The Power of the Vignette Play

Zach Dulli Archive

How shows like ‘Almost, Maine;’ ‘Late Bus;’ and more are a theatre educator’s secret weapon.

by B.D. Samuels, Guest Writer for The Scene

We’re approaching summer, which means theatre teachers everywhere are looking forward to some time to relax and some time to find new plays to bring back to school. There are some plays that theatre teachers come back to time and time again, whether that’s in the classroom or in a full production. ‘Almost, Maine has remained one of the most-produced titles in North American high schools for over a decade now, topping this list for the majority of that time. What is the key to its popularity and success? Look no further than the power of the vignette.

John Cariani’s ‘Almost, Maine’ is a play comprising nine independent, interlocking scenes or vignettes. Each of the nine scenes functions like a self-contained mini-play, with need, conflict, rising action, climax, and resolution. The play is a poignant, charming, and hilarious look at how love works or tries to, and all of the characters have strong, playable arcs.

Recently, Playscripts published my new play ‘Late Bus,‘ which functions in a similar way to ‘Almost, Maine’ but in a specifically high school setting. In ‘Late Bus,’ over the course of a school week, a collection of high school misfits and mavericks with no other way home wait to be picked up after their after-school activities. Each scene is a new day, Monday to Friday, and can stand alone as a self-contained one-act of sorts. But taken together, like in Cariani’s play, the scenes become a whole greater than the sum of its parts.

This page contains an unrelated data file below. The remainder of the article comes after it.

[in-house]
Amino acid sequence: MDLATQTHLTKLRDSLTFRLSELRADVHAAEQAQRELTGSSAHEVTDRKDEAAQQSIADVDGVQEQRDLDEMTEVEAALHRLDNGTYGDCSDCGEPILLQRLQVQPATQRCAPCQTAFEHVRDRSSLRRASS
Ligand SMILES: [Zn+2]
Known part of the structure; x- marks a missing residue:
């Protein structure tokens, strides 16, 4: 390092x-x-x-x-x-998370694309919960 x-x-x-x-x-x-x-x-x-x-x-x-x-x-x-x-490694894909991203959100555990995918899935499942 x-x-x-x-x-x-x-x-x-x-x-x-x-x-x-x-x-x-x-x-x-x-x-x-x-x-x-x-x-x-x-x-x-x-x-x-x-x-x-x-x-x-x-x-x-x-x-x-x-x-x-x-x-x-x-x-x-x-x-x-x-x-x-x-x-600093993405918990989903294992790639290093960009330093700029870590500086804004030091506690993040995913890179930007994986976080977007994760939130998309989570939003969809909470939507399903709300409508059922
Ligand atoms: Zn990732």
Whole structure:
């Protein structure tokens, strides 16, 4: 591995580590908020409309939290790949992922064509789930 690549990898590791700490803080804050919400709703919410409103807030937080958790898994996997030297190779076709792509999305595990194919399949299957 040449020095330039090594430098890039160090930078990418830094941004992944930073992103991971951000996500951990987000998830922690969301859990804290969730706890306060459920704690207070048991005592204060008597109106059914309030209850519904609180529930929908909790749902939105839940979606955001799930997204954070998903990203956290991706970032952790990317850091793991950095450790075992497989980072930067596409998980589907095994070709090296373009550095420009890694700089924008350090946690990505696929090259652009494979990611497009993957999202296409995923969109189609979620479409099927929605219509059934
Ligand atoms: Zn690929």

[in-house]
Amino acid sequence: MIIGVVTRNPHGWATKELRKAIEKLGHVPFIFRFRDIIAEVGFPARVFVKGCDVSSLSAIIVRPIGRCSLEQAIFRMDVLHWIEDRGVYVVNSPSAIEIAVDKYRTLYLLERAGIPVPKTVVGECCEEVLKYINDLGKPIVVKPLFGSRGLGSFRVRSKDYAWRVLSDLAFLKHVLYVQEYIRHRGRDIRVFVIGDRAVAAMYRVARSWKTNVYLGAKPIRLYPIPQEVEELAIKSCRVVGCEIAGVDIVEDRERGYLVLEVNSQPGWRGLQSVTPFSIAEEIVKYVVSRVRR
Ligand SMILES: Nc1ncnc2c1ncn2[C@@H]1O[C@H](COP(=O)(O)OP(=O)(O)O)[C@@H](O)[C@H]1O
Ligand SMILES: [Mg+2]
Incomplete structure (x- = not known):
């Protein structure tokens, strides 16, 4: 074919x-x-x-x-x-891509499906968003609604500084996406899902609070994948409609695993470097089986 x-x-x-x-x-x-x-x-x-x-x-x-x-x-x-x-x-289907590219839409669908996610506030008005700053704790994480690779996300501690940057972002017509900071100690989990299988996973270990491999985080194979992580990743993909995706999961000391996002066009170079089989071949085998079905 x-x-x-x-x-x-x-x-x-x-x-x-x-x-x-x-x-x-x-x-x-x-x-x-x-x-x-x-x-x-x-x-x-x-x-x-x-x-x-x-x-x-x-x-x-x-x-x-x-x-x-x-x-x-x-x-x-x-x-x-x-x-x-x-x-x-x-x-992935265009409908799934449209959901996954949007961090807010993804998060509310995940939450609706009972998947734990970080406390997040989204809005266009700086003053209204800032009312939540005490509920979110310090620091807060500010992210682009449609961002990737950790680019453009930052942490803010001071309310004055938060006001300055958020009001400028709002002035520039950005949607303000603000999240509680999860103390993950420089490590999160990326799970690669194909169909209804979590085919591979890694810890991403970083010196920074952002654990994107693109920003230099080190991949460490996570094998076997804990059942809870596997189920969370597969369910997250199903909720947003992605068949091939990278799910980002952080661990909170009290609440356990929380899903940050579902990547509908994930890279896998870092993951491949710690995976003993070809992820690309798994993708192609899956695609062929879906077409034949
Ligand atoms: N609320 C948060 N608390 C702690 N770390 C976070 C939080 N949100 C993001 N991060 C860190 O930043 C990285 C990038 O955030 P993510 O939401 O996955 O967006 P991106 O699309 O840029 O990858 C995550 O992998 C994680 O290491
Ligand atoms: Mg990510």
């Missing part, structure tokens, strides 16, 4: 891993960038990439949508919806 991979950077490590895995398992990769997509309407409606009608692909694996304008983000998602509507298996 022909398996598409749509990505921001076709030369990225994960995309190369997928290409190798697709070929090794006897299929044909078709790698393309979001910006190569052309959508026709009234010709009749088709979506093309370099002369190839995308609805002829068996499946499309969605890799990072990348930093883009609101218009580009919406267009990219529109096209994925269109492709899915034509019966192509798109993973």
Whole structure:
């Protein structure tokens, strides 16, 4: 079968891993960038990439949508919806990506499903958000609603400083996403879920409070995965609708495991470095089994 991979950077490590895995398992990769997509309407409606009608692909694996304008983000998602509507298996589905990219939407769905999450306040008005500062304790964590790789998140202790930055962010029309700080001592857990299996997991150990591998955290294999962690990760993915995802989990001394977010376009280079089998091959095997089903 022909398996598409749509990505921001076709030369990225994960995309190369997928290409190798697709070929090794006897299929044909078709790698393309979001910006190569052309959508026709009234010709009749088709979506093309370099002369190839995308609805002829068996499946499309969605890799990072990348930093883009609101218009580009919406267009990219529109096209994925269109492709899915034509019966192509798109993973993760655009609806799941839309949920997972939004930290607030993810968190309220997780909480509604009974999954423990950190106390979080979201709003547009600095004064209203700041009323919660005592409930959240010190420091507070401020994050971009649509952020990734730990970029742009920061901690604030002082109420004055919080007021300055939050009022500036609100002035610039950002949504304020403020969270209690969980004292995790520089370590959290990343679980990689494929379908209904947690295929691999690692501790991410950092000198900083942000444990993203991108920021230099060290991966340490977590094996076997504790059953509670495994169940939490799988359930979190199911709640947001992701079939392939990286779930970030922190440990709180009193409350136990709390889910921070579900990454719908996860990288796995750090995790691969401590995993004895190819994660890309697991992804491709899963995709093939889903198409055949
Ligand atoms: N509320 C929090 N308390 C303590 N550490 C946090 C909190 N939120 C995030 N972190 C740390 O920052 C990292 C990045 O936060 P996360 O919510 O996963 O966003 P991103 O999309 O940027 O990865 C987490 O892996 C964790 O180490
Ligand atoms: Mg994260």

Just how is the vignette play a powerful tool for theatre educators? Let’s break it down.

  • They Translate Beautifully to the Classroom: Because each vignette operates essentially as a one-act, many of these scenes are perfect material for a scene study class. Scenes are usually around ten or fifteen minutes, a good classroom length. Moreover, students and teachers can skip the challenge of where to cut a scene when picking from a differently structured play.
  • Democratize the Process: In vignette plays, the length, depth, and importance of each scene tend to be comparable. Every student involved in a production gets a nice slice of the pie and a good chunk of material to work on, making for ensemble pieces that foster community and teamwork.
  • Flexible Casting: Because of the nature of how they’re written, vignette plays are often flexible enough to allow for relatively small or relatively large cast sizes. Generally, all of the characters in the play are never on stage at the same time, so a production could easily double-cast if needed. On the other hand, without doubling, these casts easily accommodate up to ten or more actors.
  • A Complete Arc: Actors in plays like ‘Almost, Maine,’ and ‘Late Bus’ get to do something that generally not all actors in a play get to do – they get to work on a complete character arc. Because of the comprehensive nature of each scene, actors get to experience needs, obstacles, conflicts, and change within the span of their individual scenes. It’s a fun and exciting challenge and makes for excellent scene study.

Other titles that come to mind when thinking about the vignette play (some more suitable for high school students than others) are David Ives’s ‘All in the Timing,’ Eve Ensler’s The Vagina Monologues, Ntozake Shange’s ‘For Colored Girls Who Have Considered Suicide,‘ Kennan Scott II’s ‘Thoughts of a Colored Man,‘ and ‘Spoon River Anthology by Edgar Lee Masters and adapted for the stage by Charles Aidman.

These plays, like Almost, Maine’ and ‘Late Bus, use the vignette format to delve into various themes and stories, creating a mosaic of experiences that collectively provide a rich and multifaceted exploration of their central topics. These are a great place to begin if you need somewhere to start for your summer reading list. And if you can think of other plays that fit the vignette play category, please share!



B.D. Samuels is the author of Late Bus,’ a new play now available from Playscripts.


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